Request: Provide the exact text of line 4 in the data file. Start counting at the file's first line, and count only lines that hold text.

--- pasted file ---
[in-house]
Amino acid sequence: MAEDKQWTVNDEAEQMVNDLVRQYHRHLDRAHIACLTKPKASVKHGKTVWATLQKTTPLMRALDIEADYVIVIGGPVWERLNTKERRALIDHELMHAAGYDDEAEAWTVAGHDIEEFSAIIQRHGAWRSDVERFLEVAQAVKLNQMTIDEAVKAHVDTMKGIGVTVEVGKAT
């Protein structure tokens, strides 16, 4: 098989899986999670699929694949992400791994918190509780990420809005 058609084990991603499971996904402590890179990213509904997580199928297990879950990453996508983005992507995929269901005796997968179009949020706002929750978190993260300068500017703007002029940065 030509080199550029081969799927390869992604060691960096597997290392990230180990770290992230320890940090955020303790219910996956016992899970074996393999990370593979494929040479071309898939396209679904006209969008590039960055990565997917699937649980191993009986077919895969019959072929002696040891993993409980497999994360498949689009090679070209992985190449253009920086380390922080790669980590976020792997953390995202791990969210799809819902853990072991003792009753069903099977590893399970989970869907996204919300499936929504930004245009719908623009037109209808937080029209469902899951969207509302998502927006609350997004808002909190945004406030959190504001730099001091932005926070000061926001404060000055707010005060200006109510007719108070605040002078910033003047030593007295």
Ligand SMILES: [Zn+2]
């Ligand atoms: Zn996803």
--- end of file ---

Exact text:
Ligand SMILES: [Zn+2]